Even if you go to a new club that are fitting new parts into the team and they ultimately finish 6th you can still look like a top player.
    There's been many examples of players who have come into a new league and hit the ground running.You don't have to be challenging for the league to perform well.Some players need time to settle but if you leave for another club before you've had time to fully integrate and perform to a high standard that's failure in my book.
    I don't think he embraced the culture of the country he moved to and that made it more difficult for him to adapt.He highlighted communication problems as a major stumbling block.
    RUSH is responsible for one of the dumbest comments ever "living in Italy was like being in a foreign country" with a sentence like that I don't think it takes much for him to get homesick.IAN RUSH was great for us and shouldn't have left.When he returned he picked up where he left off.

  5. Weren't we close when he was a youngster, like 18? If he joined, I wonder if the major LFC successes would have continued because a few years after that things went a little downhill.

    Anyways, what I find interesting is some of the fantastic goal scorers that have left our club for whatever reason over the years. Granted, Rush came back, and so did Fowler, but Rush, Owen and Fowler amongst others left when they had so much more to give. Particularly Owen who I feel could of scored 300+ for us.

  6. No they had their own scouting department back then. Actually, after we re-signed Rush they drew up a first draft of their ingenius, let's let Liverpool do our scouting for us strategy. It took a while before it was fully developed but they are a bit slow around those parts...

  7. Skrtel was our best defender in our last 2 games, and Toure was our best defender in every game he played in previously likewise...

  8. Nobody is able to conclusively explain what a marquee signing is still!

  9. Spot on - the only difference is that Sturridge is far more effective at getting into dangerous areas with and without the ball, even while clearly not being 100%

  10. Sterling needs to do a lot more to get a starting spot imo.

    Alberto also remains a sub for me - Gerrard and Allen should still be ahead of him in the pecking order for a central attacking berth in the absence of Coutinho

  11. Once Suarez returns, that gives us a front 3 of Coutinho/Sturridge/Suarez with Moses, Aspas, Sterling, Alberto etc as additional squad options. Doesn't look too dire to me.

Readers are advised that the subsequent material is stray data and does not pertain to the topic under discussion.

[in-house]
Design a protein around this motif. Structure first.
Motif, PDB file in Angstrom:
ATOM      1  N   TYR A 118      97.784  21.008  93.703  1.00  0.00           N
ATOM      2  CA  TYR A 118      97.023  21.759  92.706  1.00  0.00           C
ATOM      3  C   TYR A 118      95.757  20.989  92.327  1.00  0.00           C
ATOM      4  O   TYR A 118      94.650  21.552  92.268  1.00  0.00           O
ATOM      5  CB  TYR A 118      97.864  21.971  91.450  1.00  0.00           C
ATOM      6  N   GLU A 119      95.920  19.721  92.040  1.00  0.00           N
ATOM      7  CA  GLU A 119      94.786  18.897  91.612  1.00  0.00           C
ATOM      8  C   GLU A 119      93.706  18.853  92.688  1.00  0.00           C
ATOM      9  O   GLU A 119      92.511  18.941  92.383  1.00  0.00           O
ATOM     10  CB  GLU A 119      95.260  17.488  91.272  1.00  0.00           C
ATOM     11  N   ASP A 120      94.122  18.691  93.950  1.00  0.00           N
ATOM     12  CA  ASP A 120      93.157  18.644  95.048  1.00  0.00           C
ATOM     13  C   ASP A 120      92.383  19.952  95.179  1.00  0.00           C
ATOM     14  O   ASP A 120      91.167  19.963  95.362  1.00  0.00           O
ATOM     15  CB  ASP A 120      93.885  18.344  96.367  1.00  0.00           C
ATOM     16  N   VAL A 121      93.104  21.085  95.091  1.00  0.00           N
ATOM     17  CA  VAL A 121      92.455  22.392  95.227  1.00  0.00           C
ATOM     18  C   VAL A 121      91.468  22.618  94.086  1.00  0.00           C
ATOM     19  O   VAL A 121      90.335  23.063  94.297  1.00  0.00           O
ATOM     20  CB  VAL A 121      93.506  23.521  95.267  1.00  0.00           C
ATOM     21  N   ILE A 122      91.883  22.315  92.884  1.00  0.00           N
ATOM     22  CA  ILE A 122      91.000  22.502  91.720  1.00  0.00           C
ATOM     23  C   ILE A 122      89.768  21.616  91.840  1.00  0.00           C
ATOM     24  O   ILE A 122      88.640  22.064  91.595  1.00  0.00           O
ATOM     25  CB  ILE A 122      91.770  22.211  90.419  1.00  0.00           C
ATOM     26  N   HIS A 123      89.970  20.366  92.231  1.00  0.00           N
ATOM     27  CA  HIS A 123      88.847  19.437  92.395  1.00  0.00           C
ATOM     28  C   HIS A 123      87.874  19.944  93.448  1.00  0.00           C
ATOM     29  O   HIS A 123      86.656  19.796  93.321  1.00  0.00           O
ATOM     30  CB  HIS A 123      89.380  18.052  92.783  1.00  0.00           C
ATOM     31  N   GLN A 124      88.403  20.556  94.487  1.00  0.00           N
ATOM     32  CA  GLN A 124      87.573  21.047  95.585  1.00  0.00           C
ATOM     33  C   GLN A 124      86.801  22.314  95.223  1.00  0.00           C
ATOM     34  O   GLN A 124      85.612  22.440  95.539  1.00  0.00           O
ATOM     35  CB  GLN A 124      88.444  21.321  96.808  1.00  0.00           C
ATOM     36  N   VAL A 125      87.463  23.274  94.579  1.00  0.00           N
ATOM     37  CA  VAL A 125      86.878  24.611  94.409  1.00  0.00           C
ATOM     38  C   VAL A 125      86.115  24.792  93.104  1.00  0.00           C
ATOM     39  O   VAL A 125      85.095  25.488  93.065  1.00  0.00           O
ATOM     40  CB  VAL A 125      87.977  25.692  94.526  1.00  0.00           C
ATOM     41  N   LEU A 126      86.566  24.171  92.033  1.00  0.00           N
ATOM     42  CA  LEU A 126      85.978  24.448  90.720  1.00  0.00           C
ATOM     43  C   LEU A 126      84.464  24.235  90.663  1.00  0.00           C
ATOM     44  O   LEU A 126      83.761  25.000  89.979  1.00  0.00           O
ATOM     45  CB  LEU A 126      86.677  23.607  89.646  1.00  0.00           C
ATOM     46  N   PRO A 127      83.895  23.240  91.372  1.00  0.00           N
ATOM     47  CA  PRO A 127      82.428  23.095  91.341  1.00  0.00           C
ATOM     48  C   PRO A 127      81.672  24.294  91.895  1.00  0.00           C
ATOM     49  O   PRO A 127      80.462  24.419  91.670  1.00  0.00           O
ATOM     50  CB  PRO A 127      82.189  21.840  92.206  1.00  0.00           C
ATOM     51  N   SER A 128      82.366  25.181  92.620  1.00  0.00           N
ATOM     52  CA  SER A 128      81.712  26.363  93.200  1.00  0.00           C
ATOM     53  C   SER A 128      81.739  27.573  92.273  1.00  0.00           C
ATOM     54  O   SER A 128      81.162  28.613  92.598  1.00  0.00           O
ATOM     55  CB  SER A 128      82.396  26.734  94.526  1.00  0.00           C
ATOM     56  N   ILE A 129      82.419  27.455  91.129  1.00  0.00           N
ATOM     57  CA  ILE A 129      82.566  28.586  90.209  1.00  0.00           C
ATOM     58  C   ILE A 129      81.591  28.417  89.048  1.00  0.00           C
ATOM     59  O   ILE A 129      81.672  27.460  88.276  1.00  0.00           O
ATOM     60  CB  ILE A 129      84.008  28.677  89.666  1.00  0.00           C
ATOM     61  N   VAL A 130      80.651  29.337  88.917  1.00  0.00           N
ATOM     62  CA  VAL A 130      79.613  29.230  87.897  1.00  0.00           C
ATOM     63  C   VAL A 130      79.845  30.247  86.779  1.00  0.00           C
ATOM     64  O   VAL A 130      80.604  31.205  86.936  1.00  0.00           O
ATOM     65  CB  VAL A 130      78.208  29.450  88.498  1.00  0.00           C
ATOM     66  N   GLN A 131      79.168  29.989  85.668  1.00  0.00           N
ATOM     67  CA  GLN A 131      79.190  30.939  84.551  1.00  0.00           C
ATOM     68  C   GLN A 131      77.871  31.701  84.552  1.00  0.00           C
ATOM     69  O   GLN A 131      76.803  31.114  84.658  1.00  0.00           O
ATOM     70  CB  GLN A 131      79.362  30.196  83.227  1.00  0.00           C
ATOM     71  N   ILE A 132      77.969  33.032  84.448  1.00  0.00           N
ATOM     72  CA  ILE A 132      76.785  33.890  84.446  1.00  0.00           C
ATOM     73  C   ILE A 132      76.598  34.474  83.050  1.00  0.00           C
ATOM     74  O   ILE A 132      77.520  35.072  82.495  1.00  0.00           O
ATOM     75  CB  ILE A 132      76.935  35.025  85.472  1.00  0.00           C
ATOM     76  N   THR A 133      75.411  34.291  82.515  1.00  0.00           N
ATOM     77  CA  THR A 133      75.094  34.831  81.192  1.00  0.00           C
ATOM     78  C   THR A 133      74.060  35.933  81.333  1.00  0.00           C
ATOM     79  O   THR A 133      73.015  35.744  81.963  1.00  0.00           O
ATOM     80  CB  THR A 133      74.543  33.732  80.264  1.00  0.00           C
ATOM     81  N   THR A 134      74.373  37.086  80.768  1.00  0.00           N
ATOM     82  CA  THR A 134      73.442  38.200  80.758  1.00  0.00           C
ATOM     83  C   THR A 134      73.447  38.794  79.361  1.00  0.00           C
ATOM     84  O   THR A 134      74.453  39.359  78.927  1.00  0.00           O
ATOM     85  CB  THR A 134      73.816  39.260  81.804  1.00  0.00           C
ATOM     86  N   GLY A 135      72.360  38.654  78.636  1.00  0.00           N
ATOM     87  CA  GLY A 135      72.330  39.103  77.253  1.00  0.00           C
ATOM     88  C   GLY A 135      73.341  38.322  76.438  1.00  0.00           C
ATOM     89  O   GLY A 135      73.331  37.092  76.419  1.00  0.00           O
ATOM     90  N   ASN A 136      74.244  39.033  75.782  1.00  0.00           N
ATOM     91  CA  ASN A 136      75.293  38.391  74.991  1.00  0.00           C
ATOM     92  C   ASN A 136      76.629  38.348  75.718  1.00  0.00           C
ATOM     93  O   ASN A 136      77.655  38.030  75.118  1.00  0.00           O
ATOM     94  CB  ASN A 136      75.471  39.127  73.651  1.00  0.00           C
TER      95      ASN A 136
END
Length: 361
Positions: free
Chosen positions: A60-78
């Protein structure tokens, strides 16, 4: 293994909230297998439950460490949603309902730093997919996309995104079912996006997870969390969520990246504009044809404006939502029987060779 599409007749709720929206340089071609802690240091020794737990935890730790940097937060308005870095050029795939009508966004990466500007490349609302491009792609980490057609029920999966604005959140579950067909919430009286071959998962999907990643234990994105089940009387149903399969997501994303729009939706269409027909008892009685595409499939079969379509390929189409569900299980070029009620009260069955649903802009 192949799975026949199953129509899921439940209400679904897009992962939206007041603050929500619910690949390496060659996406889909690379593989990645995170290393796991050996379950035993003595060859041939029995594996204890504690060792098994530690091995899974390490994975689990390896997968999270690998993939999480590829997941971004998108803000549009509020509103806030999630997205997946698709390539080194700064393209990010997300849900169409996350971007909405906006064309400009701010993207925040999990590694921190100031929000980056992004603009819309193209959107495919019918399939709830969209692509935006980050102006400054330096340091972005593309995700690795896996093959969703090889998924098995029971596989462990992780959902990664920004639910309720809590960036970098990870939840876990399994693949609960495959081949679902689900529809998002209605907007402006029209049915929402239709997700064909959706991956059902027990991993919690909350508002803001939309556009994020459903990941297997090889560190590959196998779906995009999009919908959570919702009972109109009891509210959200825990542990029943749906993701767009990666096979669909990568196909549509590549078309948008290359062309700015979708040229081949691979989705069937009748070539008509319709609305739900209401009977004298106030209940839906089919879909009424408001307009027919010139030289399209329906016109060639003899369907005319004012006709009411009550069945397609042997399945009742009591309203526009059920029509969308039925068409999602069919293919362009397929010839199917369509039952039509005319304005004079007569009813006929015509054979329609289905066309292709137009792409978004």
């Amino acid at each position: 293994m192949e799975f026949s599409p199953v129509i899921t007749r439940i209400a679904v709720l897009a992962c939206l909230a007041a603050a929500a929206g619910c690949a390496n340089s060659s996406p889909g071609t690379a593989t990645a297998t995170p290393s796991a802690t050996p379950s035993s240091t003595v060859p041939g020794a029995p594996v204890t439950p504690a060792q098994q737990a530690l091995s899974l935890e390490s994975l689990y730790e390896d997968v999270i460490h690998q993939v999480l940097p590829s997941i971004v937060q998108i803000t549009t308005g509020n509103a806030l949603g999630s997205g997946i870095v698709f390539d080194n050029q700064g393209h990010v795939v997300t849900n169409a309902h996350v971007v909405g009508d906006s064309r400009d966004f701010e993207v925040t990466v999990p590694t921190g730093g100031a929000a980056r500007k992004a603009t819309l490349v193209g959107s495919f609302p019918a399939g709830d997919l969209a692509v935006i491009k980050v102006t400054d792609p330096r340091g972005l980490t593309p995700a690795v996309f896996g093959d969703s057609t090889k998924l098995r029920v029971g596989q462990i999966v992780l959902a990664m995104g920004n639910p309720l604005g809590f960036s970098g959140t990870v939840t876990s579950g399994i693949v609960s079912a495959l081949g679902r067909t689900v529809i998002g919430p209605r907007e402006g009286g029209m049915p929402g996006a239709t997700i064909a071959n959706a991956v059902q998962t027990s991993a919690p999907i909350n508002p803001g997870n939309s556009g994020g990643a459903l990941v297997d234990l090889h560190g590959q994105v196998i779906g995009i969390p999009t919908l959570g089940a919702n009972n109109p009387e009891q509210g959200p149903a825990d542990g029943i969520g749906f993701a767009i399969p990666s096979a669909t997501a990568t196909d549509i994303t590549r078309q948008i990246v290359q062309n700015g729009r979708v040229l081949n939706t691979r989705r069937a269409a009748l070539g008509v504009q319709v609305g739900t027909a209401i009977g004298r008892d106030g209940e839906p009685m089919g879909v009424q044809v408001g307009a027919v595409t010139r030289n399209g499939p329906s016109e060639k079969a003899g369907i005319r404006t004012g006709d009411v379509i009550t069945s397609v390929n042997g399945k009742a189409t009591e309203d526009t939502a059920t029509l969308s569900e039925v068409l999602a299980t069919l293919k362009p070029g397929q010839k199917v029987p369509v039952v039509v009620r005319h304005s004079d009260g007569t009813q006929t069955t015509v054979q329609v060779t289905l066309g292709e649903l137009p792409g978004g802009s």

12. I wasn't particularly excited by the signings of Aspas or Alberto, but remain convinced that Sakho will prove himself a top notch signing for LFC.

    Only time will tell eh...

  13. Ozil, Bale, lamela, Soldado, Willian.
    It basically means an already established player who is already a star.

  14. Has Moses won you round already, Jamie? :D

  15. Take it easy, he's having a hard time settling in, that's obvious. Give the fella some support. That's when being a supporter actually matters. Not cheering a goal, but cheering on a player who is struggling. Don't see how calling our lads useless, when they are obviously talented, is supportive, at all.

  16. It was an honour to sit with this guy on a sofa at the hotel in Melbourne.

  17. People used to say that about Ashley Cole early on, too -- he was also a forward, or so people say, in his early days. I've a feeling about Sterling at RB, down the road. We'll see. His current form isn't great -- he's having an up and down time, he's young, let's support him and hope he can settle down in due course.

  18. At what level do you have to be established and how long does it take to become a 'star'?

    Sakho (and Erikksen even) was not deemed a marquee signing, but has done more to build a top resume than players like Costa and Lamela. How does that work??

  19. Milan are a proper tight-ar*e club now. They annoyed both CSKA and Fiorentina when going for Honda and Ljacic. They want to do things on the cheap now. One wouldn't have thought it would have happened years ago but I think Spurs have a considerably better financial power than Milan do. We probably do as well.

    But yes, it is interesting that for such a high profile prospect that teams haven't gambled for him, especially when he has just a year left on his contract. Maybe his financial demands have been obstacle but of course, I'm just speculating.

    I do think, financially, we weren't/aren't in a position to afford (or willing to risk financially at the moment) Eriksen + Henrikh or Willian but Alberto + Henrikh or Willian is definitely a cheaper alternative.

    I think with the way Rodgers has pinned hopes on Coutinho being the main candidate for the position behind the front man, I don't think there was room for Eriksen. Whereas with Alberto is a lower risk as he is cheaper and will have less expectations of game starts, so be more willing to sit and wite.

    Eriksen has played wide but not often and doesn't do well there. Coutinho can play wide but it seems he is going to be the main choice behind the front man.

  20. Unlucky I guess, with both Laudrup and Owen :P

  21. Berkurangnya rasa MALU atau KESOPANAN sebagai tanda lunturnya iman lalu disusul dengan kemunduran akhlak

  22. Molberto Stuarezdson Ibling6:31 pm, September 19, 2013

    Today they can just open their iphone, and there you go.

  23. the sad aspect of rushie coming back was that aldridge had to leave to accomodate him. this unsettled a perfect barnes beardsley and aldridge formation - which had torn teams apart in rushies absence.